Superior Education

European Thread Twist?

  • S Twist
  • Z Twist
  • Thread Twist

Is it true that European-made threads have a patented twist?

Q. Dr. Bob, I was recently reading a post on a popular quilting forum and one of the members of the group said that European-made threads have a different twist than threads made in Japan, USA or elsewhere. She stated specifically "Threads made in Italy have the opposite twist of the Superior threads. Just look at where your thread is made and you'll have a good clue as to how it's twisted. European twist is so patented that other countries have to use the opposite twist when they manufacture their thread."

I've never heard that before and find it hard to believe that a single country holds a patent as to how thread is manufactured (it sounds silly when I type it out). Is it true that non-European threads have an opposite twist? If so, what does that mean for my quilting and sewing?

S and Z twist explained
S twist and Z twist visualized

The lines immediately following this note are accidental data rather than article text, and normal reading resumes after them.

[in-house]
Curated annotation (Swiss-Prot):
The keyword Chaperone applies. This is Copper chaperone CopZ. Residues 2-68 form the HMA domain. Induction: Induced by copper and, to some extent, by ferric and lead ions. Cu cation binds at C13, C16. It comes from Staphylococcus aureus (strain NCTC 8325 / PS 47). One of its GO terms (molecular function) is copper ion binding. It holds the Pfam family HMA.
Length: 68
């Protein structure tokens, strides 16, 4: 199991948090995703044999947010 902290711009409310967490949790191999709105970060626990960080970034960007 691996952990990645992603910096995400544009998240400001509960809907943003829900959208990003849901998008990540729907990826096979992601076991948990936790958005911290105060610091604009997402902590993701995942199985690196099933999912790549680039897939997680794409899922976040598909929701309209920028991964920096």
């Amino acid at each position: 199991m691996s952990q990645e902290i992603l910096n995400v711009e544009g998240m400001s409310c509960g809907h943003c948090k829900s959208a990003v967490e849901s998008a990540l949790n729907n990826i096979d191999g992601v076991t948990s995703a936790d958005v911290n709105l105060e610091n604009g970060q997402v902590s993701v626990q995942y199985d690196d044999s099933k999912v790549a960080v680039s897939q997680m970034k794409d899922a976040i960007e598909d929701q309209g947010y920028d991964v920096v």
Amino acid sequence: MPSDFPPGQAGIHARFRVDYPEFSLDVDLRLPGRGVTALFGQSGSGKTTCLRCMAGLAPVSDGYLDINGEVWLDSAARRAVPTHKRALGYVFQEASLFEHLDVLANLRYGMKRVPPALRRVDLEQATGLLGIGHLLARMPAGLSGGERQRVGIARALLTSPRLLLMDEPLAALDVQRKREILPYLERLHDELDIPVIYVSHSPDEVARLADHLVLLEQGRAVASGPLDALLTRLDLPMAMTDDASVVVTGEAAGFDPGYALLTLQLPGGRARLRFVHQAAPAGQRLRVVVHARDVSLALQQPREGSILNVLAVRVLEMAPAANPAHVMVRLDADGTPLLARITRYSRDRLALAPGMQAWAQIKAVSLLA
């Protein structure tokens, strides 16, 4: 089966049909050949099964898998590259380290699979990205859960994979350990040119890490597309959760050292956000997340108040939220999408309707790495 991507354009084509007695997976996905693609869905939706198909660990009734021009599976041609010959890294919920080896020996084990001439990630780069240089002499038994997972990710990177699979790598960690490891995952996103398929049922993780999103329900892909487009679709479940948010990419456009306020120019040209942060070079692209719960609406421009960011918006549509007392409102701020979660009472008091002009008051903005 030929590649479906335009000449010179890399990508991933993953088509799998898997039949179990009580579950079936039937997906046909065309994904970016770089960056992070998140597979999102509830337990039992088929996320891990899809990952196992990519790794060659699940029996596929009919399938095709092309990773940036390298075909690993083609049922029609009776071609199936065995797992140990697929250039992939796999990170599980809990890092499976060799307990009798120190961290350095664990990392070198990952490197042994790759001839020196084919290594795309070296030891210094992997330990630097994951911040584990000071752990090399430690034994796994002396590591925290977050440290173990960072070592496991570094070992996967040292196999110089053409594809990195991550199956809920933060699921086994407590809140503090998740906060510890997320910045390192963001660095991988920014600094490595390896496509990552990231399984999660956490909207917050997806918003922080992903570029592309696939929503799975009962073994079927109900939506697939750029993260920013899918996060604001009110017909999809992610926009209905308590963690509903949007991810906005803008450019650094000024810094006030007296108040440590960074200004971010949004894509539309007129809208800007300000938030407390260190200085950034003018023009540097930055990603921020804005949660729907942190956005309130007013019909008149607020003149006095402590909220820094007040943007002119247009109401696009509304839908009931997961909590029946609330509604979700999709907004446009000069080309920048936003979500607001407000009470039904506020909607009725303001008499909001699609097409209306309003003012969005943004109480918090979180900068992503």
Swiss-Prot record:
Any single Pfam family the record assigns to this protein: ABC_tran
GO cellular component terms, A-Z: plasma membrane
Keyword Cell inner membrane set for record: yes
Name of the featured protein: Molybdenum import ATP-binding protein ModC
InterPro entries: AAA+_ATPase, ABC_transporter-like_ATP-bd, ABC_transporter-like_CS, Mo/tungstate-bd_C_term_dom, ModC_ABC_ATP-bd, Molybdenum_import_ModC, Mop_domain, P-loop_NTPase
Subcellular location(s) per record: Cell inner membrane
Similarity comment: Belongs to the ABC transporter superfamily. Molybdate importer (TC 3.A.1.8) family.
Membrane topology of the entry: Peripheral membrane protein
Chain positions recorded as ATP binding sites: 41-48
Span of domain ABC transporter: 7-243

Thread in a topstitch needle
Z twist threads are designed for machine sewing

A. I'm happy to tell you that this snippet of opinion you've read is 100% misinformation. Thread twist is a subject that is often spoken about by those who don't fully understand what it means. All threads which have the intended use of going through a sewing machine (whether you are embroidering, quilting, serging, or sewing) have a final Z twist. A Z twist allows the thread to go through a machine and stay together (not untwist as the thread passes through the machine). Whether the sewing thread is made in Europe, USA, Asia, or Antarctica if the thread is meant to go through your machine, it has a Z twist.

An S twist thread has an opposite twist and these threads are made for hand stitching and for specialty two-headed sewing machines which are used almost exclusively in construction of clothing and commercial textiles.

You may have also read about left hand and right hand twist. These terms are incorrect as well. S twist and Z twist are the terms we use in the industry and the relevance of the twist direction is not an important factor to consider when choosing thread for quilting or sewing, as all threads created for these applications will have a final Z twist.

Watch our video on Thread Twist Explained for more information on thread twist.

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